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CAST: (feature film)
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"Now that I know how [the Oscar nominees] get picked, and how the selection process works, I could give a fuck if I never get one. I mean it would be nice because your money goes up, and it shows appreciation on a wide level, but what does my performance have to do with the political lobbying and machinations that go on inside the Academy that I am not privy to? If I never get an Oscar, it doesn't mean anything about my work. It's enough to me that everyone's saying, 'Damn . . . they passed you up'"---Don Cheadle on not receiving a Best Supporting Actor Oscar nomination for his performance in "Devil in a Blue Dress" quoted in Premiere, April 1997.
Cheadle founded Elemental Prose, a company of artists with the goal of preserving oral histories through words and music.
"I'm glad that people try to write roles that anyone can do, but I also don't ever want to end up in movies where the fact that I'm a black man is a nonissue. In America, it's always an issue."---Cheadle quoted in Interview, August 1997.
"Don is one of those actors who is so intense that if the other actors are not up for a scene, they're going to get smoked. It's not like he's Mr. Thespian, but you have to be ready. He's very generous with other actors, It you mention him to other actors, their eyes light up."---Stephen Soderbergh, who directed Cheadle in "Out of Sight", to The New York Times, May 16, 1999.
"I just want to continue to do diverse characters, because that's what's fun for me. It's not necessarily what's star-making, but as long as I can make a career out of it, that's what I'll be doing."---Cheadle quoted in Time Out New York, May 14-21, 1998.
"He's a character actor, but so is Dustin Hoffman. He will carry a movie. He has those serious chops. There is so much emotion he puts into it, so many colors on his palette."---Rob Cohen, director of "The Rat Pack", to The New York Times, May 16, 1999.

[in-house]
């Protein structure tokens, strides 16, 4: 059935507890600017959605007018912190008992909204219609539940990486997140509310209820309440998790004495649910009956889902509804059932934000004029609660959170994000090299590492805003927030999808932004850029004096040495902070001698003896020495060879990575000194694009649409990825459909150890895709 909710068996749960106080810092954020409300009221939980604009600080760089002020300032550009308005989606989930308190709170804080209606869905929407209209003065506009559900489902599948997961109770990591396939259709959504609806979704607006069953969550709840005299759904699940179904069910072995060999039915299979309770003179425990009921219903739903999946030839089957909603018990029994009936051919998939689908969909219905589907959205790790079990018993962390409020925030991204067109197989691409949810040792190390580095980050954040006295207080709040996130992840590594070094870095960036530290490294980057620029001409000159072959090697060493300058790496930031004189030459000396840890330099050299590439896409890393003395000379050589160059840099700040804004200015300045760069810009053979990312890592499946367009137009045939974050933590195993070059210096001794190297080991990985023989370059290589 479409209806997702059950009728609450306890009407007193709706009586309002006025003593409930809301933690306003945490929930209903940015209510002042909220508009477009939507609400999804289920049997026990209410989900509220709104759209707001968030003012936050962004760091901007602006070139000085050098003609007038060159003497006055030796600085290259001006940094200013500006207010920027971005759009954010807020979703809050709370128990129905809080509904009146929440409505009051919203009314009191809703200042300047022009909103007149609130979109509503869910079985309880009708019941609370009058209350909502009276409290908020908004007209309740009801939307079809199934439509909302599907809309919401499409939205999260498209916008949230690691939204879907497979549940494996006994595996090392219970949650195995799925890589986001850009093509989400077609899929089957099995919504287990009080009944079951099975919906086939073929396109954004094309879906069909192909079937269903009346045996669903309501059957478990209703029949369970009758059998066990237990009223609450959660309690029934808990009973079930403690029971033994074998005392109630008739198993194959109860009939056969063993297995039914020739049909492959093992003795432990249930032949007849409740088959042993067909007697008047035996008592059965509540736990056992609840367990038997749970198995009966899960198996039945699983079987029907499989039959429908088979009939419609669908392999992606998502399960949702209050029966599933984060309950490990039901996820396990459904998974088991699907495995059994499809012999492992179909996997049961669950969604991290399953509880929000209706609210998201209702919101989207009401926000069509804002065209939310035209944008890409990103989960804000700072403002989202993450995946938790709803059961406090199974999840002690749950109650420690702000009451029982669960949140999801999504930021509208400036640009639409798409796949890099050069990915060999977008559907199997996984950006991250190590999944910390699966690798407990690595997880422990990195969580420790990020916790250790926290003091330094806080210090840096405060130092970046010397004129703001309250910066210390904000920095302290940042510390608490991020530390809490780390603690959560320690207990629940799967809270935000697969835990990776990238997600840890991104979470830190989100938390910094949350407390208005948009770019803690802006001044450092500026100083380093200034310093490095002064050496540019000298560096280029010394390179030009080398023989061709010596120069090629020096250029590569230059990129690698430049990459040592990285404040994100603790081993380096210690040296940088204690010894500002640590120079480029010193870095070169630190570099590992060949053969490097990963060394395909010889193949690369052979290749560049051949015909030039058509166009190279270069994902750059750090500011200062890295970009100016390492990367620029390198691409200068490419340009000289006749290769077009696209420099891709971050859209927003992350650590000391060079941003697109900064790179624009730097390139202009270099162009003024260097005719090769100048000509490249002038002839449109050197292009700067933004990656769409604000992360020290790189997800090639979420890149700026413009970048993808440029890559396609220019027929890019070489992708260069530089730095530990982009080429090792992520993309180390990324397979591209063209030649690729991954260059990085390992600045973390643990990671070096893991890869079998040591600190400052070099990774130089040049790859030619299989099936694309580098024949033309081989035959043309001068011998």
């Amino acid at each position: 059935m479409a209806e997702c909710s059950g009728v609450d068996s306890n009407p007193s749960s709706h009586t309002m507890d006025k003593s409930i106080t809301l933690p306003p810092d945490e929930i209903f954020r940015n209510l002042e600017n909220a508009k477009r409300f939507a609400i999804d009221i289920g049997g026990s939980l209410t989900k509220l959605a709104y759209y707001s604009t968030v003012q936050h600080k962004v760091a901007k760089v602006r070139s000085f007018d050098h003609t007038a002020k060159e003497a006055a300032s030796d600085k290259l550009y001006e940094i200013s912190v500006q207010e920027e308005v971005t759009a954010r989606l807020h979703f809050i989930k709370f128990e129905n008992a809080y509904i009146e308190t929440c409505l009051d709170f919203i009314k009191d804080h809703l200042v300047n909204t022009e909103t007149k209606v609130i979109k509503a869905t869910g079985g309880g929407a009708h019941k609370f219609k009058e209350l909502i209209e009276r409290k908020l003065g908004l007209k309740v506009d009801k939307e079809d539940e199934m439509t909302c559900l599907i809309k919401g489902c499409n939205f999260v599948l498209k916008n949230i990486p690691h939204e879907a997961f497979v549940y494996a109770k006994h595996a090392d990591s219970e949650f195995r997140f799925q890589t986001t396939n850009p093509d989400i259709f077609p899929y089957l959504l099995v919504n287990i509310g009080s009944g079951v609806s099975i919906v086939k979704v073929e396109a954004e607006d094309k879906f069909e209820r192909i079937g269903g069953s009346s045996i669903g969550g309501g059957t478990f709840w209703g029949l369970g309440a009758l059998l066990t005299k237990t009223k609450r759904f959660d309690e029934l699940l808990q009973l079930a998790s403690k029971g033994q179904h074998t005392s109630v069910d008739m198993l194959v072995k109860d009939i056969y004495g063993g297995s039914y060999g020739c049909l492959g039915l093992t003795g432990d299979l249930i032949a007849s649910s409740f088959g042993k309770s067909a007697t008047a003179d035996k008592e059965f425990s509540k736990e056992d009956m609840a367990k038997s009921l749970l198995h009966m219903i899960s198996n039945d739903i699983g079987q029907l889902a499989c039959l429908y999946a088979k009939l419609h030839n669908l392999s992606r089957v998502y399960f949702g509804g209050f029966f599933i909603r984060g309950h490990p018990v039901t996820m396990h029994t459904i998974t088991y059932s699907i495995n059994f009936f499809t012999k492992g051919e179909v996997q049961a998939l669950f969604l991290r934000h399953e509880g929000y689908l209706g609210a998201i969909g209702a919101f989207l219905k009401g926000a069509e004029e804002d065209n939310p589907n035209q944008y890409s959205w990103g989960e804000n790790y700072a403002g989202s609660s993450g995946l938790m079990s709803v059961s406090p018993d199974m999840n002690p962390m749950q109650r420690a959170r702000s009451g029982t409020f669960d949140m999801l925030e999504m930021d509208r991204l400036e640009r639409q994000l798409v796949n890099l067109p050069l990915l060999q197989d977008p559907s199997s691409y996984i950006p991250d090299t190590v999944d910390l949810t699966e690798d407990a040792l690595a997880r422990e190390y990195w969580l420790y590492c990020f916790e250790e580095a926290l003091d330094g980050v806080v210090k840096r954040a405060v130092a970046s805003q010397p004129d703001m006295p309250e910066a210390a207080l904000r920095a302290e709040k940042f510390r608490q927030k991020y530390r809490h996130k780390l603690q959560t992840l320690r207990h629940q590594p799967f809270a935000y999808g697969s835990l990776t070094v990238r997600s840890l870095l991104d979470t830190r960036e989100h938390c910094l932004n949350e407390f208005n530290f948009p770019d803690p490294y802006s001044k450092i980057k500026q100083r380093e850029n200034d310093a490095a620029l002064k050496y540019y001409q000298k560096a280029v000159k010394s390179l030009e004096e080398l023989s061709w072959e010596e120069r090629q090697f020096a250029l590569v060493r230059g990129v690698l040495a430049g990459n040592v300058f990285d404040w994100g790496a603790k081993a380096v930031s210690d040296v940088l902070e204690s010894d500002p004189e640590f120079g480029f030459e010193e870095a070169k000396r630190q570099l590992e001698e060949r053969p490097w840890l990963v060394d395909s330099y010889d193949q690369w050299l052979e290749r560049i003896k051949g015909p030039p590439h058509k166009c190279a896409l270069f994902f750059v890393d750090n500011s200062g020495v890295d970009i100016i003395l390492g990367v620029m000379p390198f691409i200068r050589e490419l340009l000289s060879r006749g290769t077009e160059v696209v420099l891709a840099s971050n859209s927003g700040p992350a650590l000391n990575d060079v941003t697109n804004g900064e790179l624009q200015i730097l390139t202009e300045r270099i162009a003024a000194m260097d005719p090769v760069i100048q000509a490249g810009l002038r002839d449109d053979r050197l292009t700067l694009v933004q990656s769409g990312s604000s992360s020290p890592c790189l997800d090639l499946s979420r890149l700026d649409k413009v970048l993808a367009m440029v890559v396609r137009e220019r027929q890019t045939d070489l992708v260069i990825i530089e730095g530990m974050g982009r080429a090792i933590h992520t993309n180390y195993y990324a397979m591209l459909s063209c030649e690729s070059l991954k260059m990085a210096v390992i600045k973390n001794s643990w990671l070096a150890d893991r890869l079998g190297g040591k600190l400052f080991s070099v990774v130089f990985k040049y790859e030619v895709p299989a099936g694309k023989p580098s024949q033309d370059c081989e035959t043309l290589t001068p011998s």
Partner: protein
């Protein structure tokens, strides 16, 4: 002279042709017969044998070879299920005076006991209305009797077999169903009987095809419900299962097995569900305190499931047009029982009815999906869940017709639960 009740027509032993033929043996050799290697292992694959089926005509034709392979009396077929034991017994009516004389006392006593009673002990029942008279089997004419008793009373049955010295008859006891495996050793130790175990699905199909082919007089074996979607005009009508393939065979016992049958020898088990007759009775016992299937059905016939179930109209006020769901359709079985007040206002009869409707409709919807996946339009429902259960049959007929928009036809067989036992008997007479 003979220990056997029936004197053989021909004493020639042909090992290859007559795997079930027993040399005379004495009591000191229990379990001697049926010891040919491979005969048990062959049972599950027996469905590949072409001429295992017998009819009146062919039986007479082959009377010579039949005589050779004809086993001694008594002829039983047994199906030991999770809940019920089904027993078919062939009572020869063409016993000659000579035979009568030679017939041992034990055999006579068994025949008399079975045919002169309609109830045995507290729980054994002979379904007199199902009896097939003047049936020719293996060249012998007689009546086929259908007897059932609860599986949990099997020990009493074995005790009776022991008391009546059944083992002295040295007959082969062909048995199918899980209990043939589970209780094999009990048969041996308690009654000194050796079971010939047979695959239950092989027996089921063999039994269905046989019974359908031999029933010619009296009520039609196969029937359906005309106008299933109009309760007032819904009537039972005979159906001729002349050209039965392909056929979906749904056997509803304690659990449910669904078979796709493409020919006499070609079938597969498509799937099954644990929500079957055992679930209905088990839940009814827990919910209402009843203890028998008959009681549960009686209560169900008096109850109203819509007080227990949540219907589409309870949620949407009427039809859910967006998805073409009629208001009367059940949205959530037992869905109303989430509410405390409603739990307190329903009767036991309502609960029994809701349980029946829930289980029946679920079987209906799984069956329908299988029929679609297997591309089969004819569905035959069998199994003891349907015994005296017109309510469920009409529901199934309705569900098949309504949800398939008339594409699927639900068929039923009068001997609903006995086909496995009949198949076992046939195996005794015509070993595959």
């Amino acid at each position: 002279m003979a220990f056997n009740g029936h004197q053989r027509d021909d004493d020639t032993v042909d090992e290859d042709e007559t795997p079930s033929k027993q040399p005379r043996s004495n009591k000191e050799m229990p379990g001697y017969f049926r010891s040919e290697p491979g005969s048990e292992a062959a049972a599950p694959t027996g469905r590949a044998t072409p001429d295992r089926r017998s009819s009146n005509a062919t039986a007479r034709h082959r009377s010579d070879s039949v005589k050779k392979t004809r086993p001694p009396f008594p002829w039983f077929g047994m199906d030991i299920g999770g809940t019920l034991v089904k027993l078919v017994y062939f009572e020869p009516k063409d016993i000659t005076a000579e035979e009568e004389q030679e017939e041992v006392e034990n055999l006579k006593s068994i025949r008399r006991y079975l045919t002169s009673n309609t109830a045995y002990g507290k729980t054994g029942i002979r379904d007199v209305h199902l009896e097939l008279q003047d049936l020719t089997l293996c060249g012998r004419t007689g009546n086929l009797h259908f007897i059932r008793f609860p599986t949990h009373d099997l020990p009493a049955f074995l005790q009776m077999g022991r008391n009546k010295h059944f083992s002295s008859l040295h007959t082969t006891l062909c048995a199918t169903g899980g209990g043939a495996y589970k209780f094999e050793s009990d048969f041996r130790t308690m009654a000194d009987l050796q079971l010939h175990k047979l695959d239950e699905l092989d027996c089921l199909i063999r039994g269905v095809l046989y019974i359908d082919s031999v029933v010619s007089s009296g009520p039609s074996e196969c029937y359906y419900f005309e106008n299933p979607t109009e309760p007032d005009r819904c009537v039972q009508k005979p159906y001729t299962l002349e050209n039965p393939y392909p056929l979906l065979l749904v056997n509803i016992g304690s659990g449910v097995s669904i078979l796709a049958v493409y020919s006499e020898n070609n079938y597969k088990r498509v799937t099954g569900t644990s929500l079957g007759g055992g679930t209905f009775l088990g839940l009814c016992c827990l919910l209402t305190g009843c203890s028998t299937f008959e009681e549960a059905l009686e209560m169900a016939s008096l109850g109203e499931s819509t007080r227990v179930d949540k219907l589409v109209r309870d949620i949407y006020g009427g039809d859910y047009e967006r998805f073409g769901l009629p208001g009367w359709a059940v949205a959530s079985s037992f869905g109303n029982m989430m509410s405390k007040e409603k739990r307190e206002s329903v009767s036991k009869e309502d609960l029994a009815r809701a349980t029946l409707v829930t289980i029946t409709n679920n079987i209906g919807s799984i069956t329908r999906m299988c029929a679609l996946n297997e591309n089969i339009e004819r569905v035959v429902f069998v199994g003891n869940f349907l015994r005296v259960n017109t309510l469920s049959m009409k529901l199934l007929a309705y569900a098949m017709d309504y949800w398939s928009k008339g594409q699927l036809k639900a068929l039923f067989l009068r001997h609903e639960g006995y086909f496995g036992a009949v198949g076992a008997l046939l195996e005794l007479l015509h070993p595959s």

"Actors have to know that this is fleeting. This is about the flavor of the month. They can get sick of Don Cheadle's flavor and move on to the next at any time. Very few actors, we can probably count them on two hands, have had a career that spans 60 years. You can be a banker for the rest of your life, but you can be bankable for as long as people want to pay for tickets. I'm not hot, I'm lukewarm. I'm making money and I'm saving my money and trying to be good in everything I do."---Don Cheadle quoted in Daily News, June 28, 1998.
"Don Cheadle has an angelic quality and dangerous quality to him... he's brilliant."--- Brett Ratner quoted in Ebony Magazine, August 2002.
"He's the perfect man, incredibly intelligent, talented, generous and funny."---Sophie Okonedo, Cheadle's co-star in "Rwanda" quoted to People, November 29, 2004.
"Don has this energy, like he could say or do anything at any moment. Movie stars in general make us feel safe, but that's not where he operates from. He seems not to be governed by the laws of the universe somehow."---Stephen Soderbergh, who directed Cheadle in "Ocean's Twelve", to Entertainment Weekly, December 17, 2004.
"My career has never been like a jet taking off; it's a house built on sand," he says. "It's nervous-making for sure."---Cheadle to GQ, March 2005.